Last modified: Monday, May 23, 2005
At long last, scientists figure out how plants grow
FOR IMMEDIATE RELEASE
MAY 25, 2005
BLOOMINGTON, Ind. -- It has been one of the great mysteries in plant science.
Scientists have known since 1885 that the plant growth hormone auxin exists. They've known of its dramatic effects on plant growth and development since the 1930s. But only now do scientists know how it works.
In this week's Nature, Indiana University Bloomington biologists Mark Estelle, Nihal Dharmasiri and Sunethra Dharmasiri identify TIR1 as the protein that, with auxin, influences how and when plant cells grow and divide. In the same issue, scientists in the United Kingdom report a virtually identical result.
"How auxin works has been a holy grail in plant science," said Estelle, who led the research. "This was something even Charles Darwin considered, if only in spirit. That we've all been trying to figure it out for so long makes this latest discovery very satisfying."
Estelle said the finding is important for basic plant science, but may also lead to new insight into how related proteins function in animals, including humans.
In a 2001 report (also in Nature), Estelle and colleagues showed that the protein TIR1 acts to increase the expression of certain growth-related genes.
The scientists had not known at the time that TIR1 interacts directly with auxin (also known as indoleacetic acid, or IAA). With that finding, the scientists can now envision a complete life history for the growth hormone. Auxin is produced in the tips of plant shoots and branches. The hormone travels downward toward the roots. It migrates into plant cell nuclei, where it is picked up by the TIR1 portion of a four-protein complex called SCF(TIR1). SCF(TIR1) and auxin binds to yet another protein that represses the expression of a particular set of genes. And it's this complex of auxin, SCF(TIR1) and the repressor that signals enzymes to destroy the repressor, thereby turning on the repressed gene.
"The key interaction is between TIR1 and the repressor," Estelle said. "Nihal was able to get that to work in a test tube, but the interaction would only occur if he added auxin to the solution."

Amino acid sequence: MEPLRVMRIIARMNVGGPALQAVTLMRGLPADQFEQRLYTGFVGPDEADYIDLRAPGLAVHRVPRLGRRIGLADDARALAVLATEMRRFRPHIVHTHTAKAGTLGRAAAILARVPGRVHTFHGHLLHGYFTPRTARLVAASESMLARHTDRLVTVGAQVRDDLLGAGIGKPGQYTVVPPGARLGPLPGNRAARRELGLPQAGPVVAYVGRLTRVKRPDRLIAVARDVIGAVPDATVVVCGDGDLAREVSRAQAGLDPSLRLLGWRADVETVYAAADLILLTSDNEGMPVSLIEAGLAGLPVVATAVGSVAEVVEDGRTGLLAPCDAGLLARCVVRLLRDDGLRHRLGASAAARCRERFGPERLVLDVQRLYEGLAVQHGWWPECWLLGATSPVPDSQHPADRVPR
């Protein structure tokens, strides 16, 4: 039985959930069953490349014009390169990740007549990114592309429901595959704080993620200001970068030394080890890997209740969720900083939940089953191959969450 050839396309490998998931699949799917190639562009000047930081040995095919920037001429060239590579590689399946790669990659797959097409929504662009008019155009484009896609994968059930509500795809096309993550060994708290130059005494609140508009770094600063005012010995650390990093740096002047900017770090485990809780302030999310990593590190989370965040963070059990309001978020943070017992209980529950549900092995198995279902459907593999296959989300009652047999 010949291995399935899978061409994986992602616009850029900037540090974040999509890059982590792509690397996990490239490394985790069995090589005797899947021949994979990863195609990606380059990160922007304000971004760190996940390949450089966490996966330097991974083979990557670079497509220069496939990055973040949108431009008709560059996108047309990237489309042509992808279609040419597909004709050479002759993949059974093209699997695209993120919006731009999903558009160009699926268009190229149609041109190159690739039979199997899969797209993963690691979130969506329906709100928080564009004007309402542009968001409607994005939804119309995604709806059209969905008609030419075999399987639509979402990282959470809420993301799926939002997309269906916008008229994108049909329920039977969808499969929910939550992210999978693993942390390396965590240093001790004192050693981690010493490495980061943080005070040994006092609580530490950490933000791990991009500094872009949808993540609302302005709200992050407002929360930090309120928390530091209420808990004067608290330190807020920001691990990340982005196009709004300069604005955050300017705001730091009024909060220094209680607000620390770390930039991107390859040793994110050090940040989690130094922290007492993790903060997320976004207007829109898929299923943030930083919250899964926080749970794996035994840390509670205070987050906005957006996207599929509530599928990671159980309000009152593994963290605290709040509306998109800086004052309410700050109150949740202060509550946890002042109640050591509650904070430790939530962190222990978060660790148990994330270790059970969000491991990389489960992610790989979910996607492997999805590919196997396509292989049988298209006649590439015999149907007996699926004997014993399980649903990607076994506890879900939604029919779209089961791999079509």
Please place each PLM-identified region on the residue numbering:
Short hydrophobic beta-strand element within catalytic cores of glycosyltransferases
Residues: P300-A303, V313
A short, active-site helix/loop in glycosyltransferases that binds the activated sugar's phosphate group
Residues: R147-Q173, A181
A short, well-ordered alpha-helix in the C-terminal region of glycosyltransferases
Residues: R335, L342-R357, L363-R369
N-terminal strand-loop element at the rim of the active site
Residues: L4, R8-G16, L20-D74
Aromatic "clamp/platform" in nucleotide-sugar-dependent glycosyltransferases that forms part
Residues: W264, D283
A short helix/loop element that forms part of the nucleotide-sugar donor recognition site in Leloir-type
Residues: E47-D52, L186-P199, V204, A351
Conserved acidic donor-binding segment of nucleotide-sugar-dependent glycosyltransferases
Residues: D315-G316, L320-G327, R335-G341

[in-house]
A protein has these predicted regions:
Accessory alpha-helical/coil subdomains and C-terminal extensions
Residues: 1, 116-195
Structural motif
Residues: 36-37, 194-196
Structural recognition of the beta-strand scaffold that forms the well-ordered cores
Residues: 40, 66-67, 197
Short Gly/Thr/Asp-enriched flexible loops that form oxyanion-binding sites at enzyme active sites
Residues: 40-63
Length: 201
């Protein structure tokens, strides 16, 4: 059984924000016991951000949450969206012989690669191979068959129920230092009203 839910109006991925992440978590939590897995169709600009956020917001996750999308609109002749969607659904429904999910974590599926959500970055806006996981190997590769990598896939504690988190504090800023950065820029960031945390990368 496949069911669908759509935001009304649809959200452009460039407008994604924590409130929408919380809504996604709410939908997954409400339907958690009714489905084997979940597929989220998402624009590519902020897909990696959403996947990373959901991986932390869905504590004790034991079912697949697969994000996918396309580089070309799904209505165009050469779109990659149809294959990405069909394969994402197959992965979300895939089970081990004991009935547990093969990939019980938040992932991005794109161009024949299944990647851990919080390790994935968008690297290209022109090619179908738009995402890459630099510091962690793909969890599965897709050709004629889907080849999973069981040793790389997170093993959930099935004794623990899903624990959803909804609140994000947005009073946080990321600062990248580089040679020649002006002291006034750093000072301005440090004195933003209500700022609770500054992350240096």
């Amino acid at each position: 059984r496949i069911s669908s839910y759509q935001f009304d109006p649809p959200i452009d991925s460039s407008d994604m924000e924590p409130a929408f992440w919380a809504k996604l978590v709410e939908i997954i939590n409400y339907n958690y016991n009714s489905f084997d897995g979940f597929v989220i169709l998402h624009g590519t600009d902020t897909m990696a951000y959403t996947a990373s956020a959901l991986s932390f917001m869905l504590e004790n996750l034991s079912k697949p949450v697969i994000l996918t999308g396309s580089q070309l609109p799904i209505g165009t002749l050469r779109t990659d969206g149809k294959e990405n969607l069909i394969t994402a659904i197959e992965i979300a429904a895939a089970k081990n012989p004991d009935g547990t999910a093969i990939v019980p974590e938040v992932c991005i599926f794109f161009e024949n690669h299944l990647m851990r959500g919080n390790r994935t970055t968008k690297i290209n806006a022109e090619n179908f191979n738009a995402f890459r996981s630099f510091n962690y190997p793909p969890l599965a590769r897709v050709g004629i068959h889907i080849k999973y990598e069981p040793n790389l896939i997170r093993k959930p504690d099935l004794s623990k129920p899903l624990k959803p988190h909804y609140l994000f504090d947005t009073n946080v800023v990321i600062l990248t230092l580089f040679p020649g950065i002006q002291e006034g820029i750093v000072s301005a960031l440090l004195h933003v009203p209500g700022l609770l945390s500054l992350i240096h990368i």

Auxin may stick around awhile, but it is eventually broken down by natural cell processes.
The scientists used the common plant model Arabidopsis thaliana (wall cress) for their experiments. They also expressed TIR1 in insect cell cultures, to make sure that the binding of TIR1 to auxin is not directly influenced by other plant cell proteins.
Auxins influence a wide variety of plant processes. For example, they are the hormones that cause roots to grow downward and flowers to track the moving sun. Auxins also stop the growth of lateral branches. Since auxins are produced in shoot tips, lopping off the tip can cause numerous side shoots to appear, giving a plant a denser, more sculpted look.
Auxin also promotes fruit development. In strawberries, for example, auxin produced by the developing seeds promotes the growth of a red and juicy fruit.
Another protein called ABP1 (Auxin Binding Protein 1) has previously been shown to bind auxin. But unlike TIR1 and auxin, it remains unclear whether the pairing of ABP1 and auxin actually stimulates plant growth.
The research reported by Estelle, Dharmasiri and Dharmasiri was funded by grants from the National Science Foundation, the National Institutes of Health and the U.S. Department of Energy.
To speak with Estelle, please call 812-856-1216 or e-mail him at email@example.com.
"The F-box protein TIR1 is an auxin receptor," Nature, v. 435, no. 7040